Federal And State Governments Expand Vaccine And Testing Mandates For Employees
In recent weeks, both the federal government and several state governments have announced some of the most far-reaching action to date designed to fight the spread of COVID-19 in the workplace. These actions are part of a larger trend shifting the strategy for containing COVID-19 away from the isolation and remote work that characterized the early days of the pandemic, and towards a widespread vaccination/testing approach designed to enhance the safety of social interaction as workers return to work and patrons return to businesses.
The Federal Response
On September 9, 2021, in one of the most far-reaching executive actions of the COVID-19 pandemic, the Biden administration announced that the Occupational Safety and Health Administration (“OSHA”) will issue a rule that will require all employers with 100 or more employees to either ensure their workers are vaccinated or require unvaccinated employees to produce a weekly negative test result before attending work. Employers will also be required to provide paid time off to allow their employees to receive vaccinations and to recover from any vaccine side effects. OSHA has intimated that existing paid time off will likely be sufficient to meet this requirement.
These new requirements will be part of a forthcoming Emergency Temporary Standard (“ETS”) promulgated by OSHA. The ETS allows OSHA to enact regulations it can enforce immediately if a “grave danger” to worker safety is present. Covered employers who ignore the standard could face OSHA citations and monetary penalties of up to $14,000 per violation. The ETS applies to all employers covered by the OSH Act, which includes most office-based employers such as financial institutions and various other professional work environments.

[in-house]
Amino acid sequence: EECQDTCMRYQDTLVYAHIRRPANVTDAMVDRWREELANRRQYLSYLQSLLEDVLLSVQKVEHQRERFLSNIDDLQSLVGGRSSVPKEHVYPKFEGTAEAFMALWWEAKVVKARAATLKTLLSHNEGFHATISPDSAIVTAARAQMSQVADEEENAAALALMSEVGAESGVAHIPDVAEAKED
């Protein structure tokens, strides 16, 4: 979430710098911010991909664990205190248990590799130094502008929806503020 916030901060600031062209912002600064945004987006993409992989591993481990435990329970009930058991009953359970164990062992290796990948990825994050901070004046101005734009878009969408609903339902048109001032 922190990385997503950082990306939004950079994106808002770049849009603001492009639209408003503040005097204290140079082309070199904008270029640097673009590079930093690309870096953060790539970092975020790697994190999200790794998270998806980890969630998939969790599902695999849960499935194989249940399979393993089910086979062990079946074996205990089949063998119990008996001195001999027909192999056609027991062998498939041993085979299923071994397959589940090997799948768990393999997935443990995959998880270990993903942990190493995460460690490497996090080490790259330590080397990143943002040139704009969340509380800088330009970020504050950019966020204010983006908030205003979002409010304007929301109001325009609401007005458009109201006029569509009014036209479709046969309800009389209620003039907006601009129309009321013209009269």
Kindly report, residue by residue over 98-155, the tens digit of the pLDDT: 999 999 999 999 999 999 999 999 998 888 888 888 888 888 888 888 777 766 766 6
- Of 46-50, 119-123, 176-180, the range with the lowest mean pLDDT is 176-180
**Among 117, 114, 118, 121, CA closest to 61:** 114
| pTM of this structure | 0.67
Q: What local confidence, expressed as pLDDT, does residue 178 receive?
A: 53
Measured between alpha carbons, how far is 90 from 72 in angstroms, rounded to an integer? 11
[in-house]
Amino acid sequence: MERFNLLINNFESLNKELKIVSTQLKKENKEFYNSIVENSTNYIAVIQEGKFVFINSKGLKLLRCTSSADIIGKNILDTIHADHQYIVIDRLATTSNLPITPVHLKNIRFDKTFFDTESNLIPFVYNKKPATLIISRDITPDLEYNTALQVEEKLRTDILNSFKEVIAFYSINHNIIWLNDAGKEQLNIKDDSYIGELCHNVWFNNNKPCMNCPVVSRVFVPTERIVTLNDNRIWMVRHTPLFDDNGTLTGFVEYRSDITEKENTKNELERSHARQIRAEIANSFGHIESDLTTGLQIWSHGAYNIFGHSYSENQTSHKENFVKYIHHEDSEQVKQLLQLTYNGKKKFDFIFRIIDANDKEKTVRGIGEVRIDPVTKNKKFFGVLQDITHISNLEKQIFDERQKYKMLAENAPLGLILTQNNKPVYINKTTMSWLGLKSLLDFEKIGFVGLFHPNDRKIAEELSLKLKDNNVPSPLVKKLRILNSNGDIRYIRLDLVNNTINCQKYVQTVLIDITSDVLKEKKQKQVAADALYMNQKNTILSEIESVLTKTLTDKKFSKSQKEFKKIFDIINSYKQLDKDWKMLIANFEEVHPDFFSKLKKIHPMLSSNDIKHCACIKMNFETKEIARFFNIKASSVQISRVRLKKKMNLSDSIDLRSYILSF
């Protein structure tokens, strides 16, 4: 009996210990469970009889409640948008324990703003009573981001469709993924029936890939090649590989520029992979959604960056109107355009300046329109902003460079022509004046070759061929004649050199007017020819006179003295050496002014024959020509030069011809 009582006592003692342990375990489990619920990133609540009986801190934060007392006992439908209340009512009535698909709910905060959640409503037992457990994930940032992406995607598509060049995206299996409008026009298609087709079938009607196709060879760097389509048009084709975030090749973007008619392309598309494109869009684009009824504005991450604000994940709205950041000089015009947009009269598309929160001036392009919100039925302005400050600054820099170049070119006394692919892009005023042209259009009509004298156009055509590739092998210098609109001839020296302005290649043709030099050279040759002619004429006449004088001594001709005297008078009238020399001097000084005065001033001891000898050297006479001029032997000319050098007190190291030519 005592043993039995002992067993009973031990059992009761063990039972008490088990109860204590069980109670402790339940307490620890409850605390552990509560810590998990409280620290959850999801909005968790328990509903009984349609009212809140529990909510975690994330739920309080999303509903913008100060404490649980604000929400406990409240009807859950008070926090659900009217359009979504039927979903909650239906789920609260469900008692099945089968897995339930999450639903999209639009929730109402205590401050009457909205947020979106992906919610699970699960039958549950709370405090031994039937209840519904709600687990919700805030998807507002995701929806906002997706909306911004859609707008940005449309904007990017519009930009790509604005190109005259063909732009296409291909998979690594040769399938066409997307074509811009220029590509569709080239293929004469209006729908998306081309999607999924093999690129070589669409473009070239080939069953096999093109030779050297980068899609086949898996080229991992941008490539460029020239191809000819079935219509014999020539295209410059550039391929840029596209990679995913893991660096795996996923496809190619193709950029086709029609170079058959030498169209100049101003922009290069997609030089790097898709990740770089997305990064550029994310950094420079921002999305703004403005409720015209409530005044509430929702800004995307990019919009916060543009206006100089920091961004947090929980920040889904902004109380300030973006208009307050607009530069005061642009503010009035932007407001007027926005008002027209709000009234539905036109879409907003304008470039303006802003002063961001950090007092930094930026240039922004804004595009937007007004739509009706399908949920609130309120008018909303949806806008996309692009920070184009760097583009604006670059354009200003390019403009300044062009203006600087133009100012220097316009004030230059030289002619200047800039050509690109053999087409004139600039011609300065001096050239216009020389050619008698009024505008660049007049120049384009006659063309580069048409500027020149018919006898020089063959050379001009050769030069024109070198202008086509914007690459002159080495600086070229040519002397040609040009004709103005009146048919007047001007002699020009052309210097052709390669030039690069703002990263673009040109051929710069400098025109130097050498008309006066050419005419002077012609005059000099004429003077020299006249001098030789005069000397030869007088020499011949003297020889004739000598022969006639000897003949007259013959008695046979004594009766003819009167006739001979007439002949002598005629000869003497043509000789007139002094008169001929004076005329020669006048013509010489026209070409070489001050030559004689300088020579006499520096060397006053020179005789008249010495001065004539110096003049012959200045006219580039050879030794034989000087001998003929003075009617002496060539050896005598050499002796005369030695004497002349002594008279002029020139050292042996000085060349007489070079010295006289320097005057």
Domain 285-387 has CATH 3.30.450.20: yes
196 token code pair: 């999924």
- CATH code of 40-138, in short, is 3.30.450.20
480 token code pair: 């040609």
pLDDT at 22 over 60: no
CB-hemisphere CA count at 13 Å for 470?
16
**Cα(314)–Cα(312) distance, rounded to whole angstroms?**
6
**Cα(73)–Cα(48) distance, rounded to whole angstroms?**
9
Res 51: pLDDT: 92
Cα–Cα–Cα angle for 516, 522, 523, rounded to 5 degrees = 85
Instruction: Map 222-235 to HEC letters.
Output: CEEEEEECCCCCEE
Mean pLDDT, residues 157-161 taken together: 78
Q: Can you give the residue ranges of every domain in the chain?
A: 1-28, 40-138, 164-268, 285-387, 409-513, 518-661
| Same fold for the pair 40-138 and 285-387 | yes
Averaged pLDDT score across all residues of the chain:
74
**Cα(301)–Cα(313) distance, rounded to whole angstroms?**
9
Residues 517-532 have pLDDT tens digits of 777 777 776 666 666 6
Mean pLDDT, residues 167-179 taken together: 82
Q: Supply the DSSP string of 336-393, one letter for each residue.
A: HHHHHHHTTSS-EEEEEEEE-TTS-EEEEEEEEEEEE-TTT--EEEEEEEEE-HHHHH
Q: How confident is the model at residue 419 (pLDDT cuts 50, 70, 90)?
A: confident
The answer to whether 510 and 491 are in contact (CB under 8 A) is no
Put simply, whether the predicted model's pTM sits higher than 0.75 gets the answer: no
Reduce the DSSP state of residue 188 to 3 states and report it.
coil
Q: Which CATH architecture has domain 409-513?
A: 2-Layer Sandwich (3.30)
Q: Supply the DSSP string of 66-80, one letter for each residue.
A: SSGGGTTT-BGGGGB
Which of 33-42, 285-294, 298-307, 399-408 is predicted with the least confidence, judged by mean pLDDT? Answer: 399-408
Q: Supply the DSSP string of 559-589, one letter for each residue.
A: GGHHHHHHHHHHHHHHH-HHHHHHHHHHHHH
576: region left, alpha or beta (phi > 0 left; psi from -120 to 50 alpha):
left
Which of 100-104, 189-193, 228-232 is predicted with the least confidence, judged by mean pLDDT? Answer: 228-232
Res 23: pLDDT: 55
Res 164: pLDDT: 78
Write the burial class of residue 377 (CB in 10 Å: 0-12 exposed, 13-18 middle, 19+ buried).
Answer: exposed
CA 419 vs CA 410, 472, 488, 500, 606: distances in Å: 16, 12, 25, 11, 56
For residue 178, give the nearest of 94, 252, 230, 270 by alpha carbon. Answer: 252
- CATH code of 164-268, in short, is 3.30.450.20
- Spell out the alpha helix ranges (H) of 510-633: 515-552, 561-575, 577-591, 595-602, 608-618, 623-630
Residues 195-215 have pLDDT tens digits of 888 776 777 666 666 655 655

Labor Department officials have stated that the ETS will be issued within the next several weeks, but did not provide a definitive timeline. Once it is issued, OSHA will likely provide a grace period of 75 days before it begins enforcing the ETS. The ETS can remain in place for six months before it must be replaced with a more formal final rule from OSHA.
States Follow Suit
New Jersey has followed suit with the federal standard. Even before President Biden’s vaccination and testing pronouncement on September 9, Governor Murphy issued Executive Orders 252 and 253, which require all preschool to Grade 12 school personnel, including those working in private schools; workers at state agencies, authorities, and colleges; and workers in certain covered facilities such as long-term care facilities and licensed community residences to be fully vaccinated against COVID-19 by October 18, 2021 or be subject to COVID-19 testing at a minimum of one to two times per week. The State will also enforce the ETS mandate from OSHA. Additionally, the State has stressed that “State and federal requirements do not impact an employer's ability to impose more stringent vaccination or testing requirements on workers, including any requirement for more frequent testing, for testing of both vaccinated and unvaccinated staff, and for mandatory vaccinations without a testing alternative.”
Both New York and Massachusetts have instituted similar requirements for healthcare workers. New York will require healthcare workers in hospitals, treatment centers, home health agencies, adult care centers, and other such facilities to receive their first vaccine dose no later than October 7, 2021. All employees at Massachusetts’ rest homes, assisted living residences, and hospice programs, as well as workers who provide in-home direct care services, are required to be fully vaccinated by October 31, 2021.
Both the federal government and state governments are beginning to take a more proactive approach to vaccination and testing requirements, including by incentivizing vaccinations through onerous testing mandates. Employers covered by the OSHA ETS mandate will be required to abide by its terms or face stiff penalties. Beyond the requirements imposed by state and federal authorities, employers would do well to create their own vaccine and testing protocols to protect their workforce and protect themselves from potential liability. In doing so, employers should keep in mind that these protocols can be even more stringent than the federal and state mandates outlined above.